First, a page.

You may also require that such notices be delivered by a certain method:
1. Delivery in person
2. Overnight courier service
3. Certified or registered mail
4. Postage prepaid
5. Return receipt requested
Click on any question to expand the answer.
A. This agreement is a legal document in which one party (called the Disclosing Party) provides certain confidential or sensitive information and data to another party (called the Receiving Party) and the Receiving Party agrees to not disclose that confidential information. The goal is to protect both of the parties who are engaging in the business relationship.
A. You can specify the length of time that both parties will have the business relationship. The agreement will state that the business relationship of both parties will end on the earlier of: after the time you specify has passed, or when the “Transaction” (the business specified in the agreement) is finished.
A. Non-Disclosure and Confidentiality Agreements are governed by state law. When choosing the governing law, it’s best to choose the state that the parties are operating in.
Disclosing Party Questions
A. The disclosing party has confidential information and will be providing it to the receiving party. The disclosing party can be an individual, a company, or an entity. The confidentiality or non-disclosure agreement protects the disclosing party’s confidential information, specifies the purpose of the confidential information, and spells out how long confidentiality must be maintained.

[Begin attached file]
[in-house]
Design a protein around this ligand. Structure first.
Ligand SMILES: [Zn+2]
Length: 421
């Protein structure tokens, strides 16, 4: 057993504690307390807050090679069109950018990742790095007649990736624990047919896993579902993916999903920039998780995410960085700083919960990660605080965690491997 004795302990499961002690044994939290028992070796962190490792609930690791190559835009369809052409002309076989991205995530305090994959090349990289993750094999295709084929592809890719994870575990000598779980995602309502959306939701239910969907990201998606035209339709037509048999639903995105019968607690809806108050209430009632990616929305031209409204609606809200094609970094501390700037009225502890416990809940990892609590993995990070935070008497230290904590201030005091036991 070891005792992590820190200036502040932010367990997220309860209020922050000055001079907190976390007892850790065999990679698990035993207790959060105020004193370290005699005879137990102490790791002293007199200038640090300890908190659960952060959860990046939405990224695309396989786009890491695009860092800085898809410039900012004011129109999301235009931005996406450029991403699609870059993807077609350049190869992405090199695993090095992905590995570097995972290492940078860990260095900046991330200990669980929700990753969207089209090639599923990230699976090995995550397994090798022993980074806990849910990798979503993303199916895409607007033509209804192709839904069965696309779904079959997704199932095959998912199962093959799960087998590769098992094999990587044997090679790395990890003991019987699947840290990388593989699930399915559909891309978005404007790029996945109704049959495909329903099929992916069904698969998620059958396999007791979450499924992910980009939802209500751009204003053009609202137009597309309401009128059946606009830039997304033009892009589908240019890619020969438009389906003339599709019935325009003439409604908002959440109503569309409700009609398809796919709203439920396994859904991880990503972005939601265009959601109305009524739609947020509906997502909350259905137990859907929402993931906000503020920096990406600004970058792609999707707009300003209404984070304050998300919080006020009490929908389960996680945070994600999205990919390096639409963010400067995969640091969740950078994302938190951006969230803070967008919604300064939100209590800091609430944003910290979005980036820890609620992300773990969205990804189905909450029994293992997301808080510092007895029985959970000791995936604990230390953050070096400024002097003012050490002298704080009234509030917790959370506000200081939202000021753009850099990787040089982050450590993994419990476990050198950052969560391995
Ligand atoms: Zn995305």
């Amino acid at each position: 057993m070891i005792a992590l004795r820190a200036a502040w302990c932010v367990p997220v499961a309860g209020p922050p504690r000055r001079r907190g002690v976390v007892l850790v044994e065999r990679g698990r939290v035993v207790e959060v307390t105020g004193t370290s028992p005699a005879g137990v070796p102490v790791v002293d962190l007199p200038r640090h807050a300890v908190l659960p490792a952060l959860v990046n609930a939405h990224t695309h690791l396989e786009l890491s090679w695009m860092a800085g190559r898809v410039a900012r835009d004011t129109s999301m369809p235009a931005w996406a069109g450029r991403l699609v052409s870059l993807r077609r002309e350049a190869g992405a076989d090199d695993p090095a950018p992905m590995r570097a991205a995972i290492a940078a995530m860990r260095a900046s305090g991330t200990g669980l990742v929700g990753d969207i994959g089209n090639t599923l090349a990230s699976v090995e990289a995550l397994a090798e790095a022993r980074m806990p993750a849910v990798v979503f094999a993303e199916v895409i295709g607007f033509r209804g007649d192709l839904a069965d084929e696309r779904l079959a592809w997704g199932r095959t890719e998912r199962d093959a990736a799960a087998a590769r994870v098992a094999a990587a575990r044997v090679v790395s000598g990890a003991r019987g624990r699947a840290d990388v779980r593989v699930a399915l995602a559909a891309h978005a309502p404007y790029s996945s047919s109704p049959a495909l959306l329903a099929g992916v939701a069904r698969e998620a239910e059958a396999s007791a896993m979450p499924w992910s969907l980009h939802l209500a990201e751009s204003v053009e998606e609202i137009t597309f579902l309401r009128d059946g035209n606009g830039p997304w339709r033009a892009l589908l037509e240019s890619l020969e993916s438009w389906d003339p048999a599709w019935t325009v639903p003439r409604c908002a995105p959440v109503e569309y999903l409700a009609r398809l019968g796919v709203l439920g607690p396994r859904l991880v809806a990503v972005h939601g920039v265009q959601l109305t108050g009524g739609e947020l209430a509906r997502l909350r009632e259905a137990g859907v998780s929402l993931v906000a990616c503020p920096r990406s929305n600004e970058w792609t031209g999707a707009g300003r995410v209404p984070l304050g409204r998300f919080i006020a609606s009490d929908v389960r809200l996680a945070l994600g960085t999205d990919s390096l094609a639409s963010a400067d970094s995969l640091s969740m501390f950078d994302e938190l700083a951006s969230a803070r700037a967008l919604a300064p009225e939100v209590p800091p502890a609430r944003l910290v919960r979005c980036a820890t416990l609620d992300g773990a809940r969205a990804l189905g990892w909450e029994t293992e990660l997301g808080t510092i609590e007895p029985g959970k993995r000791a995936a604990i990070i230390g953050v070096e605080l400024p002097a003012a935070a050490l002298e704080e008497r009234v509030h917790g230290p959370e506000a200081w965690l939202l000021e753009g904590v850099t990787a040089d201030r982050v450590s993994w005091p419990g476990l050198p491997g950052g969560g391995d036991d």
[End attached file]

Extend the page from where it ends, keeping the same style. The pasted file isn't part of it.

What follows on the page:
A. The abbreviated name will be used to reference the party throughout the document. For example, “John” can be the abbreviated name for “John Doe”, or “ABC” for “ABC Company”.
The disclosing party can either be an individual (person) or an entity (company). Examples of an entity include a corporation, LLC, or partnership. If the party is an entity rather than an individual, then a representative must sign on behalf of the company.
Receiving Party Questions
A. The receiving party is the individual or entity that is receiving the confidential information from the disclosing party. As part of the agreement, the receiving party has the responsibility and obligation to not share the disclosing party’s confidential information.
A. The abbreviated name will be used to reference the party throughout the document. For example, “John” can be the abbreviated name for “John Doe”, or “ABC” for “ABC Company”.
A. The receiving party can either be an individual (person) or an entity (company). Examples of an entity include a corporation, LLC, or partnership. If the party is an entity rather than an individual, then a representative must sign on behalf of the company.